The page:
Whether arterial bleeding in pelvic fracture patients with stable hemodynamics needs TAE is contentious. It was previously reported that only 23% of arterial extravasation cases observed on contrast-enhanced CT needed TAE [20], and we agree that all arterial extravasation cases do not need TAE. The strength of this study was that we could repeatedly predict arterial bleeding in pelvic fracture patients with stable hemodynamics and the necessity of TAE based on coagulopathy. Since the concept of trauma-induced coagulopathy has been advocated, coagulopathy accompanying trauma is associated with mortality [2123]. Hemorrhage and coagulopathy affect each other. Therefore, hemorrhage induces more severe coagulopathy and coagulopathy induces more active hemorrhage in the absence of prompt treatment, to the point where a patient’s hemodynamics will eventually collapse. In this study, the extravasation (+) group showed arterial hemorrhage and coagulopathy; both of these are thought to deteriorate together. Of the extravasation (+) group with enhanced CT, 94% of patients (32/34) needed TAE, which indicated clinicians judged the arterial extravasation with enhanced CT could not conservatively be arrested. The high positive rate of arterial extravasation with angiography among arterial extravasation with enhanced CT may be because of coagulopathy [24]. Coagulopathy was more deteriorated in five patients of the extravasation (+) due to anticoagulation and/or antiplatelet drugs (Table 1). Finally, 15 patients of the extravasation (+) group became unstable hemodynamics; however, there was no hemorrhage-related 24-h mortality.

This study has several limitations. First, the values measured for coagulation biomarkers could have been affected by the timing of the test. In this study, we excluded a patient for whom the time of trauma was unknown; however, we did not take into account the time from trauma occurrence to testing. Second, we did not account for the amount of prehospital intravenous fluids given to patients. The administration of fluids can dilute the blood and affect the value of coagulation biomarkers. Third, we had no information about using tranexamic acid in this retrospective study. Tranexamic acid was thought to be affecting the coagulopathic state; therefore, this was an important limitation [25]. Fourth, the number of patients in this study was not large and the validation of study’s result would be necessary.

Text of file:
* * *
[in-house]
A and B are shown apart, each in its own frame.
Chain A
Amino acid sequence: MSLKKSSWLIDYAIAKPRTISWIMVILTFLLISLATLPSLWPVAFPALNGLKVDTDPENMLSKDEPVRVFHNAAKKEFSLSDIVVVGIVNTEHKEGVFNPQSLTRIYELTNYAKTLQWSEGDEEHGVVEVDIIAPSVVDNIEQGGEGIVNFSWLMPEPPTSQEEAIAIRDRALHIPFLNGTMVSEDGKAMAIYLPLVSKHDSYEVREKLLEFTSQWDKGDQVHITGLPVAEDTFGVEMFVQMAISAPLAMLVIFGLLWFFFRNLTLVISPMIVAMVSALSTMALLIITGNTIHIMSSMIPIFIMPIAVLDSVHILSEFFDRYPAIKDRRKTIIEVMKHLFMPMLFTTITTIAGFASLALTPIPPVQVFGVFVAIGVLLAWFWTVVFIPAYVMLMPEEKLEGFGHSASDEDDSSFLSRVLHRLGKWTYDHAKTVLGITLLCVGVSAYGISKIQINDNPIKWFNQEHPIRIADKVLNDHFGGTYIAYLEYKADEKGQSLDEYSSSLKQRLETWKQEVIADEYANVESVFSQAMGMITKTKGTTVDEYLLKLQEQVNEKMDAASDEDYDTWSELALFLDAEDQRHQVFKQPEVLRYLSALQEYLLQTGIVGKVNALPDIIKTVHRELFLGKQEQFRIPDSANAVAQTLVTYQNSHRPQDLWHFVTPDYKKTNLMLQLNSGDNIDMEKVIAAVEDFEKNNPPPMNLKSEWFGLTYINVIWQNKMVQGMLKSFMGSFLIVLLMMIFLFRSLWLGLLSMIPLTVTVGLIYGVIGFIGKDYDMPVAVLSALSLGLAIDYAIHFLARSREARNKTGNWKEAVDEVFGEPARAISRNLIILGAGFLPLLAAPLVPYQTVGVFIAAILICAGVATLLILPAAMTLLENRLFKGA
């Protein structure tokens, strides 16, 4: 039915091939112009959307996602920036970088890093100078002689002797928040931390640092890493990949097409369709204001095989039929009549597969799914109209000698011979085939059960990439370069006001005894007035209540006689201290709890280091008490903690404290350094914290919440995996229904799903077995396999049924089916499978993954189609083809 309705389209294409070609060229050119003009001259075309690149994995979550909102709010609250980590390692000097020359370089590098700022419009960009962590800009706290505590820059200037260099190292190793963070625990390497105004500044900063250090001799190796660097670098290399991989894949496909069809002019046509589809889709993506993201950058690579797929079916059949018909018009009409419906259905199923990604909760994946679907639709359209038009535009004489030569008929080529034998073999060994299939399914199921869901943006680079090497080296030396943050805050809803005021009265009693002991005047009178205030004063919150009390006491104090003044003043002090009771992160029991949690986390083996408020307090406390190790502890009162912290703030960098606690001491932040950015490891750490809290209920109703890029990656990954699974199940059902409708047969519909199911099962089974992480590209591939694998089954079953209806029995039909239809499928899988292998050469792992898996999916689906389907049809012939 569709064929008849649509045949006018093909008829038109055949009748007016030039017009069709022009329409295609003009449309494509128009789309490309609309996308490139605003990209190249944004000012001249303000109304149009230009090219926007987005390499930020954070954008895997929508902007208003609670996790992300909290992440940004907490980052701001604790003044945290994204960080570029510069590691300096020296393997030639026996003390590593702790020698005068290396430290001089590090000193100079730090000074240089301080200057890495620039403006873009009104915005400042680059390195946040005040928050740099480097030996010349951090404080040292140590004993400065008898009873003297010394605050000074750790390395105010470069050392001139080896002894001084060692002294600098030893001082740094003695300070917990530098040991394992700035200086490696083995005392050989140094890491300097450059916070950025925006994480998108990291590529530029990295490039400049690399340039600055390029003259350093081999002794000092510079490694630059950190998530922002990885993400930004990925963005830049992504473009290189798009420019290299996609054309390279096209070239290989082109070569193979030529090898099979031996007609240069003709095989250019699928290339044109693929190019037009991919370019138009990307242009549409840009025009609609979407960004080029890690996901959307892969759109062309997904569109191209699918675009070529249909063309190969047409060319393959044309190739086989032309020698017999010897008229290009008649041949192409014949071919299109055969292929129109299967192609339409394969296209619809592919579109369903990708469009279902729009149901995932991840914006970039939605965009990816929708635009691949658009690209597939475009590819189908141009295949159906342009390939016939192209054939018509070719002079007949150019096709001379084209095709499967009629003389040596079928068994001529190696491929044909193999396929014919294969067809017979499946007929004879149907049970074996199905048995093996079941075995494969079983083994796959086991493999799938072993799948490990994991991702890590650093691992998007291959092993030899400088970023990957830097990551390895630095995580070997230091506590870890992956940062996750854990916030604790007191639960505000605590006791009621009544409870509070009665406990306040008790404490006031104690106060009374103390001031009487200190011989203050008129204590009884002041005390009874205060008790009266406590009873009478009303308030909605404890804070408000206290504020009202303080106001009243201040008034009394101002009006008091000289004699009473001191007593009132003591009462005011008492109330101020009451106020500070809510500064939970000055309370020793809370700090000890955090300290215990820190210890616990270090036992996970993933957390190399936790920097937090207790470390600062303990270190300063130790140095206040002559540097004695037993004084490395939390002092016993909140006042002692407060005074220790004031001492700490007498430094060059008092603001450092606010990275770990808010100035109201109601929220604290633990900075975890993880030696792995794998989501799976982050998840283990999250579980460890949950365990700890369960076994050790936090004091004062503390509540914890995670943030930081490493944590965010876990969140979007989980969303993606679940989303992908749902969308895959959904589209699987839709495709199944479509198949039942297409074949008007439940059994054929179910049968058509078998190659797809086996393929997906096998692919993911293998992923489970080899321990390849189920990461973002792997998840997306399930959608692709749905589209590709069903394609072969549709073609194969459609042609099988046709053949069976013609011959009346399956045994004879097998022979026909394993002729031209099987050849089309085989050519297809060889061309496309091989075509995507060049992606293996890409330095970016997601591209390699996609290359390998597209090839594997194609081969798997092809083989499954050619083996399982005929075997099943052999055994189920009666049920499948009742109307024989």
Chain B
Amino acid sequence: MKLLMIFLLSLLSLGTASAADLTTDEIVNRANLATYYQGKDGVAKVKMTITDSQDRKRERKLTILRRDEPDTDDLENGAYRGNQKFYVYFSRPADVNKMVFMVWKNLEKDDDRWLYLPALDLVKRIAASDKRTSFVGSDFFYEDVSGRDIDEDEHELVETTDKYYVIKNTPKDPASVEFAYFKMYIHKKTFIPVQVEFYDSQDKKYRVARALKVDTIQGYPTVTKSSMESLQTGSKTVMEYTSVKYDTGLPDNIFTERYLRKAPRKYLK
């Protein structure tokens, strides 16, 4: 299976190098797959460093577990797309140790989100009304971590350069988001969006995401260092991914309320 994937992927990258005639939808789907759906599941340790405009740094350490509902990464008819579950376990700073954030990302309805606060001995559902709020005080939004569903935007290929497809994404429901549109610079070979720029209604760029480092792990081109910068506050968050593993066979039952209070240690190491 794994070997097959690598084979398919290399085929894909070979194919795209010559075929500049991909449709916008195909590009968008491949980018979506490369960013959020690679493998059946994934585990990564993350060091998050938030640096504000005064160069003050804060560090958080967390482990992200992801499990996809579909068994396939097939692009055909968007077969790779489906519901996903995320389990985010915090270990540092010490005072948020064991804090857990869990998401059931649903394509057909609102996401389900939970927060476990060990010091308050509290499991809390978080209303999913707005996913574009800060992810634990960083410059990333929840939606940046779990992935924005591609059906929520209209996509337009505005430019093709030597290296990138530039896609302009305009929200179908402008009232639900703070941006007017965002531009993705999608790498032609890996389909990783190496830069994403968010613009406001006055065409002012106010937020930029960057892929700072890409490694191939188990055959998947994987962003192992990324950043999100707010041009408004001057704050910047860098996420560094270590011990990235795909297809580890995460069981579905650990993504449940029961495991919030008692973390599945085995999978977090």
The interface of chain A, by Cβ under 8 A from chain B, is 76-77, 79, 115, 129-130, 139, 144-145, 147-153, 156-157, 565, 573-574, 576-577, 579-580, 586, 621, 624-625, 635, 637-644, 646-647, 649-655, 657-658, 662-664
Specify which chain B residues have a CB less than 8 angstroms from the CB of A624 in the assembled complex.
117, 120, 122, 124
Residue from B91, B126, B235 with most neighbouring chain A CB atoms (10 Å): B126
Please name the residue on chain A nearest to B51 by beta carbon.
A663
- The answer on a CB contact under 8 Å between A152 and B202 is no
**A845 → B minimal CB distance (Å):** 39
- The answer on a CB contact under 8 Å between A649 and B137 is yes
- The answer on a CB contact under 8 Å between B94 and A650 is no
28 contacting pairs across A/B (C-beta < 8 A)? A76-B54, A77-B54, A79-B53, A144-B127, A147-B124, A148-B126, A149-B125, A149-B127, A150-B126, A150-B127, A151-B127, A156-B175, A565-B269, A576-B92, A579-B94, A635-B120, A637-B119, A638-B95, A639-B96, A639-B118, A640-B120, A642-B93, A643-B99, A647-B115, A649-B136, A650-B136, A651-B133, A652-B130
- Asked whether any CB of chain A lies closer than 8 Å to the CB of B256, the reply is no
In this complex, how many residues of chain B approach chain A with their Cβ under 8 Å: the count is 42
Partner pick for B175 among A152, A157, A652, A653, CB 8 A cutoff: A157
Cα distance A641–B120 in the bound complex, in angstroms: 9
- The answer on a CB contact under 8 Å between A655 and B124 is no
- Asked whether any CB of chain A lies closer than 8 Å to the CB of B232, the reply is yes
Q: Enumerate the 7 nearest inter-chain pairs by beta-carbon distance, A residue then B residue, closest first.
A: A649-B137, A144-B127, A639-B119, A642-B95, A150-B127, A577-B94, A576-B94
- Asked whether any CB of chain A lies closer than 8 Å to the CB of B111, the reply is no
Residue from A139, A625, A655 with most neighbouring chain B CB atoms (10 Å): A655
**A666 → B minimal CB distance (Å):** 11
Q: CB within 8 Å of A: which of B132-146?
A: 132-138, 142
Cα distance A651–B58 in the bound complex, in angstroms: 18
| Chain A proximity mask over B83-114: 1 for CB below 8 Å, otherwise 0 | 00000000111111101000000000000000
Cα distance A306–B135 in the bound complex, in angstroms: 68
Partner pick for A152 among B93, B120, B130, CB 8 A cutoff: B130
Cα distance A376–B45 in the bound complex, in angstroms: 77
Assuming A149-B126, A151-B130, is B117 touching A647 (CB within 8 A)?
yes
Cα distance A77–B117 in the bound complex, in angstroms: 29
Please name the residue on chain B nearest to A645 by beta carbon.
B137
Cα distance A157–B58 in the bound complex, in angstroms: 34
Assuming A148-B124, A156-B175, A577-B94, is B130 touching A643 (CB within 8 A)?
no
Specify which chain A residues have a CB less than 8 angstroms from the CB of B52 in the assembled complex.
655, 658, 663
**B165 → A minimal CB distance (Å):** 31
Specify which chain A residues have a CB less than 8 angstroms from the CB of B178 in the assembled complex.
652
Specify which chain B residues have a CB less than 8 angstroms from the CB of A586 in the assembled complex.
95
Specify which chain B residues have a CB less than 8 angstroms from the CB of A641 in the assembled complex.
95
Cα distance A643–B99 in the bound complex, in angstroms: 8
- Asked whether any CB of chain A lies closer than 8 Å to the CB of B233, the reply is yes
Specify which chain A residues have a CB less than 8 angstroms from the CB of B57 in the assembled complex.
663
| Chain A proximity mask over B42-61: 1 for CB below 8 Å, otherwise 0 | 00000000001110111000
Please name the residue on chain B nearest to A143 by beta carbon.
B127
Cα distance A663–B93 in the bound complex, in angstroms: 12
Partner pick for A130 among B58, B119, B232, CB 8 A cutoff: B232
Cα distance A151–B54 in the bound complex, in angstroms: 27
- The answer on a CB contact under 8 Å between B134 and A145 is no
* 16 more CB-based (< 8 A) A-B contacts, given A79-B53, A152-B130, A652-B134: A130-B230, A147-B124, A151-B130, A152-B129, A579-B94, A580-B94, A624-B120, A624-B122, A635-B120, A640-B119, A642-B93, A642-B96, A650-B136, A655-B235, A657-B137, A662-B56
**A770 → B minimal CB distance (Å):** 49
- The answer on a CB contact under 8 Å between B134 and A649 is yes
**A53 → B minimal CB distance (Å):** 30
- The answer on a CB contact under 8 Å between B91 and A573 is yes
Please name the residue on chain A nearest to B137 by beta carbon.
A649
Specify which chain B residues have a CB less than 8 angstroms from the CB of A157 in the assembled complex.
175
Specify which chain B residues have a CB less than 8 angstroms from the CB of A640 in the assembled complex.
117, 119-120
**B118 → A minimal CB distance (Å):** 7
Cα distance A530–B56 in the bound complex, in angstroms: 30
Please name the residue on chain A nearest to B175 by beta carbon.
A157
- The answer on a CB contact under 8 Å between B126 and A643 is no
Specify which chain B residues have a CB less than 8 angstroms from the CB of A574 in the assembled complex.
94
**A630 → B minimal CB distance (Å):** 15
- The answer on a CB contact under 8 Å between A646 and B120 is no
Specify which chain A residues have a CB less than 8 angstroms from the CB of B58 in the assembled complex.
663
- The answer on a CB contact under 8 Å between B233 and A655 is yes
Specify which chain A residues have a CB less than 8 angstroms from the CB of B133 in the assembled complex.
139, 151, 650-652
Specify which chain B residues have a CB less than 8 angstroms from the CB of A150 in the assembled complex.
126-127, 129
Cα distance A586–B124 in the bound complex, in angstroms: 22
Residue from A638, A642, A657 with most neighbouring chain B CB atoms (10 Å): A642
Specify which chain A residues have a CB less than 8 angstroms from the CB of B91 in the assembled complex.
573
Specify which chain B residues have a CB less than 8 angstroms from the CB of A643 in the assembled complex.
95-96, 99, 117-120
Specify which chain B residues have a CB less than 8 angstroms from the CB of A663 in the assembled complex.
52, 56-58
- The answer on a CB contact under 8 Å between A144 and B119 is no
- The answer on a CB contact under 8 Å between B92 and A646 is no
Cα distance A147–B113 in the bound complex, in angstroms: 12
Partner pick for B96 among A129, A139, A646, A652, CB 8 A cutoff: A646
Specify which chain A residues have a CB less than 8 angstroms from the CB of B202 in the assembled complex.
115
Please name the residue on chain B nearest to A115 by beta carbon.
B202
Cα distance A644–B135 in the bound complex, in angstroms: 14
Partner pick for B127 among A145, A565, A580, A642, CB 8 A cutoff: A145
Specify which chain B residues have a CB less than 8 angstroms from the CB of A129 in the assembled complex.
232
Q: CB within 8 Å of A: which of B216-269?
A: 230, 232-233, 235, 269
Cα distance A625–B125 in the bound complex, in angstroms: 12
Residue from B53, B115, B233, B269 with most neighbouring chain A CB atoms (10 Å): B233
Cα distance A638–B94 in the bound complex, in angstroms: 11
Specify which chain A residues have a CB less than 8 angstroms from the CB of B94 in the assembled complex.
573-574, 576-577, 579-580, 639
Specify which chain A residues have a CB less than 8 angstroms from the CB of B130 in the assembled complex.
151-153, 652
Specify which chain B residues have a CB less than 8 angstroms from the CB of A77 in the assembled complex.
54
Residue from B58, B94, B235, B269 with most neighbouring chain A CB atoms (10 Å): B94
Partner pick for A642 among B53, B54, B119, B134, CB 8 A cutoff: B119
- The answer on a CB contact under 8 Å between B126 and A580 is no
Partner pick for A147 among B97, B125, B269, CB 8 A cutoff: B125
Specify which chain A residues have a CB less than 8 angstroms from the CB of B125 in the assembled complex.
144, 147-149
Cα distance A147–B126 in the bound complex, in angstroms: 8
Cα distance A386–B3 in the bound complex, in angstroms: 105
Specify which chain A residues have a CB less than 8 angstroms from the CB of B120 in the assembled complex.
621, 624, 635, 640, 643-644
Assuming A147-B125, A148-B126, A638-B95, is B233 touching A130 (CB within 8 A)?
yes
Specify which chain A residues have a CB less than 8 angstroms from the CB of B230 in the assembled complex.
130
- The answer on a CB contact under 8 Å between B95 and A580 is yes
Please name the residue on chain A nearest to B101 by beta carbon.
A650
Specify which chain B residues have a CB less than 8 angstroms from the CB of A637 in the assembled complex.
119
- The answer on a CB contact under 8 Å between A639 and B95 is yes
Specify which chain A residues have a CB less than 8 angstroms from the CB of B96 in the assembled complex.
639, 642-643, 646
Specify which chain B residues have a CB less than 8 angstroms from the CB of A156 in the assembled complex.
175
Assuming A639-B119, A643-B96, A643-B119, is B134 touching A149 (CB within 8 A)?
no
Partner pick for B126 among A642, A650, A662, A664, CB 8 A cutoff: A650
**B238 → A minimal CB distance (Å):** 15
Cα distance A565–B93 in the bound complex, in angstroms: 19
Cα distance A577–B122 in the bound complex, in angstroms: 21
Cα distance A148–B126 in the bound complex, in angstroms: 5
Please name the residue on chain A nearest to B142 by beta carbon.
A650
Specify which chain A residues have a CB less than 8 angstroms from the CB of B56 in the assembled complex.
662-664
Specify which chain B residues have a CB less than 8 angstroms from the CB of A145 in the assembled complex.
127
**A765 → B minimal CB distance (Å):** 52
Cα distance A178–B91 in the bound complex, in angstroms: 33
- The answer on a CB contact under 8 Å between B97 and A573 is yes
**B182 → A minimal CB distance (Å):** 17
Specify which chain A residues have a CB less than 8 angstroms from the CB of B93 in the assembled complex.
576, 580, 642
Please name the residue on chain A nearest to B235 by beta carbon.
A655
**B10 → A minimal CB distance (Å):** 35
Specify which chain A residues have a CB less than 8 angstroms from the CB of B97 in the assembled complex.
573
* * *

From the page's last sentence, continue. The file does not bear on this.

Conclusion

Coagulation biomarkers could predict arterial extravasation of pelvic fracture patients with stable hemodynamics. Early recognition of coagulopathy could urge us to undertake a prompt enhanced CT and/or TAE before the hemodynamics of patients with a pelvic fracture become unstable.

Abbreviations

AIS: 

Abbreviated injury scale

AUROC: 

Area under the receiver-operating characteristic curves

CT: 

Computed tomography

DOR: 

Diagnostic odds ratio

ED: 

Emergency department

FDP: 

Fibrin degradation products

IQR: 

Interquartile reference

ISS: 

Injury severity score

PT-INR: 

Prothrombin time–international normalized ratio

TAE: 

Transcatheter arterial embolization

Declarations

Acknowledgements

The authors would like to thank colleagues at Department of Emergency Medicine, Gunma University Graduate School of Medicine and Advanced Medical Emergency Department and Critical Care Center, Japan Red Cross Maebashi Hospital.

Funding

The authors have no funding to report.

Availability of data and materials

The datasets used and analyzed during the current study are available from the corresponding author on reasonable request.

Authors’ contributions

MA, TO, SH, MN, and KO collected the data, which MA and TO analyzed. MA and TO contributed to the interpretation of the result and drafted the manuscript. All authors read and approved the manuscript.

Ethics approval and consent to participate

The study was approved by the Institutional Review Board of Gunma University Hospital. The board waived the need for informed consent, as this was a retrospective study.

Consent for publication

Not applicable.

Competing interests

The authors declare that they have no competing interests.

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Authors’ Affiliations

(1)
Department of Emergency Medicine, Gunma University Graduate School of Medicine, Gunma, Japan
(2)
Advanced Medical Emergency Department and Critical Care Center, Japan Red Cross Maebashi Hospital, Gunma, Japan